I am currently reading my way through a long list of science fiction and fantasy titles. (http://www.npr.org/2011/08/07/138938145/science-fiction-and-fantasy-finalists if you are interested in the list).
It is 1921 and Mary Russell--Sherlock Holmes's brilliant apprentice, now an Oxford graduate with a degree in theology--is on the verge of acquiring a sizable inheritance. Independent at last, with a passion for divinity and detective work, her most baffling mystery may now involve Holmes and the burgeoning of a deeper affection between herself and the retired detective. Russell's attentions turn to the New Temple of God and its leader, Margery Childe, a charismatic suffragette and a mystic, whose draw on the young theology scholar is irresistible. But when four bluestockings from the Temple turn up dead shortly after changing their wills, could sins of a capital nature be afoot? Holmes and Russell investigate, as their partnership takes a surprising turn.
***2019 The Summer of Sherlock***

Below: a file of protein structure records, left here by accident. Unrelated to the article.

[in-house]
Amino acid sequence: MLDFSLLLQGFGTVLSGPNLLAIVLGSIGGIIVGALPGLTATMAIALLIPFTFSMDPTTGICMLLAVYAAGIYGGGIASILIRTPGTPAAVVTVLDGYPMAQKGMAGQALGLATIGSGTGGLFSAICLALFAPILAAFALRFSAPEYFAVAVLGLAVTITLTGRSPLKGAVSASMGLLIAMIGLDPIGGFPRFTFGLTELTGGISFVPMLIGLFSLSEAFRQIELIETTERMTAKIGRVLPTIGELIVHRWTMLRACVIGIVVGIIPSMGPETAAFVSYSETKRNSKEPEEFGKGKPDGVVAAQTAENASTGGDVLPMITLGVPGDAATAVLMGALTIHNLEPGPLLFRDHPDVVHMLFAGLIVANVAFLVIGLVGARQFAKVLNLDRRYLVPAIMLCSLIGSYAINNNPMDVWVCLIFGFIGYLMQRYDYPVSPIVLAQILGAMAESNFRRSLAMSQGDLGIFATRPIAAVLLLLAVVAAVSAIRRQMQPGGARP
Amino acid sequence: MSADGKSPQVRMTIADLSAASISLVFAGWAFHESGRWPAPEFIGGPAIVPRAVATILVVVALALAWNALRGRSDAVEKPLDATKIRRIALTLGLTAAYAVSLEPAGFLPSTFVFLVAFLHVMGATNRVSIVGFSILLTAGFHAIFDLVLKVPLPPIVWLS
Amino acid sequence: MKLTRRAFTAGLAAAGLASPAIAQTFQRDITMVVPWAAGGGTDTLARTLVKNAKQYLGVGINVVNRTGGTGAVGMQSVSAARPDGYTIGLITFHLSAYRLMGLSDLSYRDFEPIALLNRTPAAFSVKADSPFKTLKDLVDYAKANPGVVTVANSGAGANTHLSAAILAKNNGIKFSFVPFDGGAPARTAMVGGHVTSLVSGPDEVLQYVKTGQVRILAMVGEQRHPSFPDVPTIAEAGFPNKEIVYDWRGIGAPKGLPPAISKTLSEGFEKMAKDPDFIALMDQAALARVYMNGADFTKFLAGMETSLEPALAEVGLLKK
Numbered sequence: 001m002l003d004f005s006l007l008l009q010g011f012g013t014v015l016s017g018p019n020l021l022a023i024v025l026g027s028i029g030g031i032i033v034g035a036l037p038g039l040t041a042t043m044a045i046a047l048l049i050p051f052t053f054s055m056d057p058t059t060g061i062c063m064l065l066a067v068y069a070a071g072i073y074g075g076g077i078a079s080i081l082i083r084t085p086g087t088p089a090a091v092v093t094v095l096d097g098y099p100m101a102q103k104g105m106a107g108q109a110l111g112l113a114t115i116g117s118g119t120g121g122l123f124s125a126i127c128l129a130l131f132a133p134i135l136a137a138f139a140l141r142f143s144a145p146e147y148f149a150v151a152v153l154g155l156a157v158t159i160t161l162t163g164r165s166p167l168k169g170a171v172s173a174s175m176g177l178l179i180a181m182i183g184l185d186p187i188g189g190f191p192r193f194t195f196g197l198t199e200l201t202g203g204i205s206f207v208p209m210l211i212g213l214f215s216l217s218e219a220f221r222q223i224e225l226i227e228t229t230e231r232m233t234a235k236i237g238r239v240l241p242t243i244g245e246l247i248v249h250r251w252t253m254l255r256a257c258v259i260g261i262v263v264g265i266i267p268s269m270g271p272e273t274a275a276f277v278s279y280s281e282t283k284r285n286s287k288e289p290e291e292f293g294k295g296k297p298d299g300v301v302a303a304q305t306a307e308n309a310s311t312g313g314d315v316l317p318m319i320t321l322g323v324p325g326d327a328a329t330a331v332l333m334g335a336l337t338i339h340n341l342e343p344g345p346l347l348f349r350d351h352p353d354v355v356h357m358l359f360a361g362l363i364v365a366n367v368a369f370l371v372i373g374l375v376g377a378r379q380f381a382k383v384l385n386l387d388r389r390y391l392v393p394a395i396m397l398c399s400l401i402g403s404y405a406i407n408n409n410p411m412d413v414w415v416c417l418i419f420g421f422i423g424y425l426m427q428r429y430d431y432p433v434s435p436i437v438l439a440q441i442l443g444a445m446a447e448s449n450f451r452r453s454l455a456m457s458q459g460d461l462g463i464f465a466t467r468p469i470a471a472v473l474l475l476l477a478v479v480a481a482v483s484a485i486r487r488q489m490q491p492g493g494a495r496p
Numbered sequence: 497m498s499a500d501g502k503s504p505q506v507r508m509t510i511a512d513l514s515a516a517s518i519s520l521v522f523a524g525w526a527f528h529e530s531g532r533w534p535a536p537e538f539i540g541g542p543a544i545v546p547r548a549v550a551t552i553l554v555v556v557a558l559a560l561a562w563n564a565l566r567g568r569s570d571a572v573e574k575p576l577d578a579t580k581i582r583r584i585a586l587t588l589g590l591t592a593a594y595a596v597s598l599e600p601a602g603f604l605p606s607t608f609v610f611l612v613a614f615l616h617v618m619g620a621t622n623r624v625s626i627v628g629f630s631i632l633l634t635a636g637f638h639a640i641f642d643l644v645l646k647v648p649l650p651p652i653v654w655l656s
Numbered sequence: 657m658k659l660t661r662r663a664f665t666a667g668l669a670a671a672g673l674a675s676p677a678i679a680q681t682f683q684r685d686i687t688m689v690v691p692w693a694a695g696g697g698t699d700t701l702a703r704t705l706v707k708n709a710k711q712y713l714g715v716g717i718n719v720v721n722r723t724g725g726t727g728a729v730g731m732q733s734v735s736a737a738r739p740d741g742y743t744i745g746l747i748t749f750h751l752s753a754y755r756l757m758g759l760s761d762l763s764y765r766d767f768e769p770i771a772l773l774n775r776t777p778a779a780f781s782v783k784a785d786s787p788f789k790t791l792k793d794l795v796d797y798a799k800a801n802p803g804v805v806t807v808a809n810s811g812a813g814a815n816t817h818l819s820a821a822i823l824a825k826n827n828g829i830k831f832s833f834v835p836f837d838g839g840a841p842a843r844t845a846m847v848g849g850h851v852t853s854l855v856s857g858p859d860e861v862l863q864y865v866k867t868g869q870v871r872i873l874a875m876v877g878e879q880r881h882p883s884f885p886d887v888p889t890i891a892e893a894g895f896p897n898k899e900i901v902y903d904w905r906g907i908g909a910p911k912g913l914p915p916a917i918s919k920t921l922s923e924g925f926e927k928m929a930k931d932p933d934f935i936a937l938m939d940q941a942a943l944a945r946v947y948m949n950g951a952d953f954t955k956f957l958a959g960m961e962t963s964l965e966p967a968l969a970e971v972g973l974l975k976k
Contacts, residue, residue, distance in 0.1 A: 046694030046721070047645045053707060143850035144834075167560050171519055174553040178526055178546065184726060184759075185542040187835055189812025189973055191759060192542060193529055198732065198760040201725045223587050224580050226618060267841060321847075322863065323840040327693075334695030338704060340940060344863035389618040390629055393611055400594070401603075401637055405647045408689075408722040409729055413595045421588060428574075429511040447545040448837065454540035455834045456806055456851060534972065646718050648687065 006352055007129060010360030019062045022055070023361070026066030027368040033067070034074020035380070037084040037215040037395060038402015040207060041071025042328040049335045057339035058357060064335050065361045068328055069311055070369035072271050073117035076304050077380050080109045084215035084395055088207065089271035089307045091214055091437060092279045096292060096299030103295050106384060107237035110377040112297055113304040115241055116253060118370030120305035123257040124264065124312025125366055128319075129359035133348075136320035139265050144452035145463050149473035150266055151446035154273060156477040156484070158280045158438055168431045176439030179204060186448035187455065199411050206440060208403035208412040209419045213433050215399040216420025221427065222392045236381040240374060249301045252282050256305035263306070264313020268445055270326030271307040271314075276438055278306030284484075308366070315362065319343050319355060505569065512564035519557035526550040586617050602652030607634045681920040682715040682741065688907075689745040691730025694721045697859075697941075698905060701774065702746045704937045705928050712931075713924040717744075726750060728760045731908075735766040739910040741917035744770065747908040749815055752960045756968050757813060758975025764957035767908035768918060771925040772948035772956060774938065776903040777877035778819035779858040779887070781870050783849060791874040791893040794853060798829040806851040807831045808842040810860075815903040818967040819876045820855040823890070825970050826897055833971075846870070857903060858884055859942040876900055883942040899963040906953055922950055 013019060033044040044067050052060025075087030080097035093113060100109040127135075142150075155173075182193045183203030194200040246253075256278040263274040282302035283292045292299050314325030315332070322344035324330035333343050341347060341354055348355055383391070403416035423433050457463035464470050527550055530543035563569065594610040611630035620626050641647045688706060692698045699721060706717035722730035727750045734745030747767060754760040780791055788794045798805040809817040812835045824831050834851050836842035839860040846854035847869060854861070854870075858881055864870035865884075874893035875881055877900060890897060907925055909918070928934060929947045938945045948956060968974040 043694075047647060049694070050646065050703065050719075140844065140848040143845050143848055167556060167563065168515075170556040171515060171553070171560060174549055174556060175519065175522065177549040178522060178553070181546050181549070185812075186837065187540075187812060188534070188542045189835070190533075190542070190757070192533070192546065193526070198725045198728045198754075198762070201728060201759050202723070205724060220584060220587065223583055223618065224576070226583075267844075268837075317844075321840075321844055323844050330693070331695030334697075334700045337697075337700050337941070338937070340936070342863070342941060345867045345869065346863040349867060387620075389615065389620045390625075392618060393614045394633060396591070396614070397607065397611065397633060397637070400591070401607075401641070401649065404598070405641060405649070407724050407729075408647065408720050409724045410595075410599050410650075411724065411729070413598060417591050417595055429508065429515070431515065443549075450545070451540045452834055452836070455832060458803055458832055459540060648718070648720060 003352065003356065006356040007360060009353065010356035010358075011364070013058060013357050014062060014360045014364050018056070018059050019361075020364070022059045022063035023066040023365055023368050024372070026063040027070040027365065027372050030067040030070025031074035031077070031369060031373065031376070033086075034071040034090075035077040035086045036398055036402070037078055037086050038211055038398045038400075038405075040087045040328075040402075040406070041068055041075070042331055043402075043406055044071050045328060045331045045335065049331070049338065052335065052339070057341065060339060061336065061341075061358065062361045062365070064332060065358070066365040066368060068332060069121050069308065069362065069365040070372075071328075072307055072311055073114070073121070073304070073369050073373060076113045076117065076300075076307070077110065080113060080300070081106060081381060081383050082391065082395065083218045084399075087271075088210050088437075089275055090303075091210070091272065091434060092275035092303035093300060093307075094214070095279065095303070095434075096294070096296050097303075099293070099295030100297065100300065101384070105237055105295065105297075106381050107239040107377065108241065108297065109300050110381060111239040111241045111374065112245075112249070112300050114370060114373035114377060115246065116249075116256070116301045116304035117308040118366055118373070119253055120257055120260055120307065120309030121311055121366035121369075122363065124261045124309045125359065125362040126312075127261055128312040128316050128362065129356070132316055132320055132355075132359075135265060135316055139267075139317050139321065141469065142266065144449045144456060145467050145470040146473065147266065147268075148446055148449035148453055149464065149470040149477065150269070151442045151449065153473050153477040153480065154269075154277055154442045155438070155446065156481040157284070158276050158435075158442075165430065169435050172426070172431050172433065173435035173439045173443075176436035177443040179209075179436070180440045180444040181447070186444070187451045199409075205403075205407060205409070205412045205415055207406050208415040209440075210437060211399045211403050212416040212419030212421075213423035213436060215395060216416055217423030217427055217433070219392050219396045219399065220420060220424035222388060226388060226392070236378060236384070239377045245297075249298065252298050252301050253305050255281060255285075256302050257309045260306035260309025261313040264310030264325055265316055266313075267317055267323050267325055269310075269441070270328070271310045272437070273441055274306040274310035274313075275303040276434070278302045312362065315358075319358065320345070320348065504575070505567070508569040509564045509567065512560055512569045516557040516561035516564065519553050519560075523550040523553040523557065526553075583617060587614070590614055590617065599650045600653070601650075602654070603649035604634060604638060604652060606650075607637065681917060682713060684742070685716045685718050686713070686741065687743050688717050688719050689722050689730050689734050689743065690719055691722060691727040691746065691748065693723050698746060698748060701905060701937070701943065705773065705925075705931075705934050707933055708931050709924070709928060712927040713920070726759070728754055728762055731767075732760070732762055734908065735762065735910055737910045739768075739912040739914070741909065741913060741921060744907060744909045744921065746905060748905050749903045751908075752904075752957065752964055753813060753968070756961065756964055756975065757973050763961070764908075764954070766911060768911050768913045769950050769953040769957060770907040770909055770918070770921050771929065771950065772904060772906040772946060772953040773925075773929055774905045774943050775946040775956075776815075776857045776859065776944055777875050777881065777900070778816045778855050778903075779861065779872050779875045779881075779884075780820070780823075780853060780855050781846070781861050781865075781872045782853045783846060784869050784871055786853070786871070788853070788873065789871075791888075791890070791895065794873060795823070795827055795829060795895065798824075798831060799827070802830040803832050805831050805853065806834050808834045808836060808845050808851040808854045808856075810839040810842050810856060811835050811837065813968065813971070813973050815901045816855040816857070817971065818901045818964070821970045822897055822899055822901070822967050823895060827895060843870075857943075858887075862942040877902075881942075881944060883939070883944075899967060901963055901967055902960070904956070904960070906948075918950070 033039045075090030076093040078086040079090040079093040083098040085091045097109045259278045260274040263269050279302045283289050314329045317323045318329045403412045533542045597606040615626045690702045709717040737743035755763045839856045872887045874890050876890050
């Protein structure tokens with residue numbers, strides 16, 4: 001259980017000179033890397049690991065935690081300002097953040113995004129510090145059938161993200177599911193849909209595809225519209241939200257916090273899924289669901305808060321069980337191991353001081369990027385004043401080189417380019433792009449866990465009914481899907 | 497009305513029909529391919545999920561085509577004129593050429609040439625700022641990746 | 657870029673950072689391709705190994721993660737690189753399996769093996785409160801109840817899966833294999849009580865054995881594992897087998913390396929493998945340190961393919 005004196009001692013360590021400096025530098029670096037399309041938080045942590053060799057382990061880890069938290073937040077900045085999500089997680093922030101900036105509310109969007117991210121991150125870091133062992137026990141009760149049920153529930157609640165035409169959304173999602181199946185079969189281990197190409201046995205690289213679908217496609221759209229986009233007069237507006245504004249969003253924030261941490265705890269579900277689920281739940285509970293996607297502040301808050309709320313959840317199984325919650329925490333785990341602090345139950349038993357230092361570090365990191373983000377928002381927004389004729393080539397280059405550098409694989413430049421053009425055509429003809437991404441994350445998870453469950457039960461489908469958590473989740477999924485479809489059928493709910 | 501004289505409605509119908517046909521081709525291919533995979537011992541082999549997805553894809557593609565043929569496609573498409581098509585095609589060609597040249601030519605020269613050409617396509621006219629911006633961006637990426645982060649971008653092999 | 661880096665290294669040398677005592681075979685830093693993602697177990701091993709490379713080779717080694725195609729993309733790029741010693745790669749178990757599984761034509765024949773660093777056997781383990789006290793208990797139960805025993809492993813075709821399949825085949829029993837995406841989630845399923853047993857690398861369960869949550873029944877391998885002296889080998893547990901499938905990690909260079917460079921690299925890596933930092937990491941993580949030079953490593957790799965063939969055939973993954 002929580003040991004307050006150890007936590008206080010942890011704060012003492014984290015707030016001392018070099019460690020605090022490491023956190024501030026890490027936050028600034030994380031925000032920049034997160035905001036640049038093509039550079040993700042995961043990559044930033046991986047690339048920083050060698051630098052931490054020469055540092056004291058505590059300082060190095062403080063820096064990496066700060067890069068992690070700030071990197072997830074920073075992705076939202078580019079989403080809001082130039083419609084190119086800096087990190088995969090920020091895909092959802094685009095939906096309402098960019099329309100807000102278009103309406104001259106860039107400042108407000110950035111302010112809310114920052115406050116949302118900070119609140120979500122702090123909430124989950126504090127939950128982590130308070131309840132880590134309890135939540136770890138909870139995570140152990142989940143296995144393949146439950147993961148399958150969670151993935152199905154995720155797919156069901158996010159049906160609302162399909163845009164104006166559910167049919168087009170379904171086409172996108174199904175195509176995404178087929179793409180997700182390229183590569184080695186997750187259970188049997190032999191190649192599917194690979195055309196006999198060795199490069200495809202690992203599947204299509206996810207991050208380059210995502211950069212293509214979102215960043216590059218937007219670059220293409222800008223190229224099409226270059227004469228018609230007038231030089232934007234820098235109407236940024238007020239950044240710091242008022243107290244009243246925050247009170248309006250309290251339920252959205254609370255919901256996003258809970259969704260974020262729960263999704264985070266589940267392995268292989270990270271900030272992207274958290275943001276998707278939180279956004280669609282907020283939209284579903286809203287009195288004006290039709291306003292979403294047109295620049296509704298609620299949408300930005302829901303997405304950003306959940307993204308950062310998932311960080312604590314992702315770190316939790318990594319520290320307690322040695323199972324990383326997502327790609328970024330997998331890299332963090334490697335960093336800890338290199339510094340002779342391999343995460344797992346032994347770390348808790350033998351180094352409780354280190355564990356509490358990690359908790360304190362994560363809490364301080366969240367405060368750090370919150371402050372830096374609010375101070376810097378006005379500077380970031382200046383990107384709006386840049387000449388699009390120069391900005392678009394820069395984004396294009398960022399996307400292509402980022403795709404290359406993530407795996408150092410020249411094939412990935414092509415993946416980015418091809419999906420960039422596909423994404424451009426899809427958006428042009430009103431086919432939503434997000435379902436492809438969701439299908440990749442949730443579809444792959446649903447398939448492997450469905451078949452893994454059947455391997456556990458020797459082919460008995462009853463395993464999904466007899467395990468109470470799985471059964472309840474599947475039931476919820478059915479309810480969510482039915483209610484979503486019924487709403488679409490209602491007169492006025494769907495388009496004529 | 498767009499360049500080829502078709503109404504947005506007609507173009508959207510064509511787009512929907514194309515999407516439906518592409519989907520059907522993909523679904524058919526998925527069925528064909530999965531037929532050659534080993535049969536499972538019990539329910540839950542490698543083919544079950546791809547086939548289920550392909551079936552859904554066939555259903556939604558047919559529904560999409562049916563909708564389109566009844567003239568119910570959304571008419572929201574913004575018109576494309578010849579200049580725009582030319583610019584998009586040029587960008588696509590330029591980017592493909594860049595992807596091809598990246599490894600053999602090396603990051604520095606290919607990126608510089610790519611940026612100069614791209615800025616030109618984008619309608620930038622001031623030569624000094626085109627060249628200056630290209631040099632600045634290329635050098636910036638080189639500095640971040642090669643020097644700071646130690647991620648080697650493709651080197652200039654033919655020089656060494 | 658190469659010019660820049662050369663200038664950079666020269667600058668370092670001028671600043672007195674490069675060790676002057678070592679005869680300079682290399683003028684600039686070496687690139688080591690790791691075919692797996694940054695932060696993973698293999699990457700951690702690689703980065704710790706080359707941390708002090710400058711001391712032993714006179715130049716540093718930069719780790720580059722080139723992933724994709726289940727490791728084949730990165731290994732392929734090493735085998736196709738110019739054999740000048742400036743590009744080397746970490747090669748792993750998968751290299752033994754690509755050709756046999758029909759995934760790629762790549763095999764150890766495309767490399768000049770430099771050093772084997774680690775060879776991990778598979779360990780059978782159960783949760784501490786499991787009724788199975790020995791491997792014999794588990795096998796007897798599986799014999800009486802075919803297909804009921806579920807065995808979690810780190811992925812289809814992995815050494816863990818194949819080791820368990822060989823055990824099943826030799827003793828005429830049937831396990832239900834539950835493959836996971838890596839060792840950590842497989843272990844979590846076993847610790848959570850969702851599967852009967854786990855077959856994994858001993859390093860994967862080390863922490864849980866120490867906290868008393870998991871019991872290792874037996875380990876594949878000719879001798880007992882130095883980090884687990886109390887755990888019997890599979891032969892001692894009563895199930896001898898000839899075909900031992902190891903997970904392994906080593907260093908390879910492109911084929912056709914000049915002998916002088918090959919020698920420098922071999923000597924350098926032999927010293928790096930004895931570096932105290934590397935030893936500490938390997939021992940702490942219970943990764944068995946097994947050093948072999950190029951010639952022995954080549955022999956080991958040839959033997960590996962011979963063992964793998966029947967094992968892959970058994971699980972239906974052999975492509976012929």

So after the first book of this series (The Beekeeper's Apprentice), I wasn’t sure what I thought of this iteration of the Sherlock Holmes story. But this book is so much more appealing. I surrender, I like this series.
The biggest part of my change of mind may be the obvious feminism in this volume. I love Mary Russell’s refusal to be hemmed in by the mores of the day. Cross-dressing when that’s better for getting things done, pursuing investigations not sanctioned by any man, and just generally being in charge of her own life (especially now that she’s inherited her family’s wealth and can reorder as desired).
I think I also enjoyed this book more because Mr. Holmes played such a small part in it. I mean, yes, he’s there, but Mary is undoubtedly the main character and she is the one driving the plot. King has ramped up the female presence in the detective story by orders of magnitude. I’m also fond of Mary’s friend, Veronica (Ronnie). There’s a woman who knows how to get shit done!
I was also interested to read in the afterword that the third book in the series was actually written second. Ms. King needed to know where Mary was headed before she could write the book that actually got her to the destination. So this may be volume 2 of the series, but it was volume 3 in the writing process. Information like this about the writer’s process is fascinating and I wish more authors would write afterwords about their novels.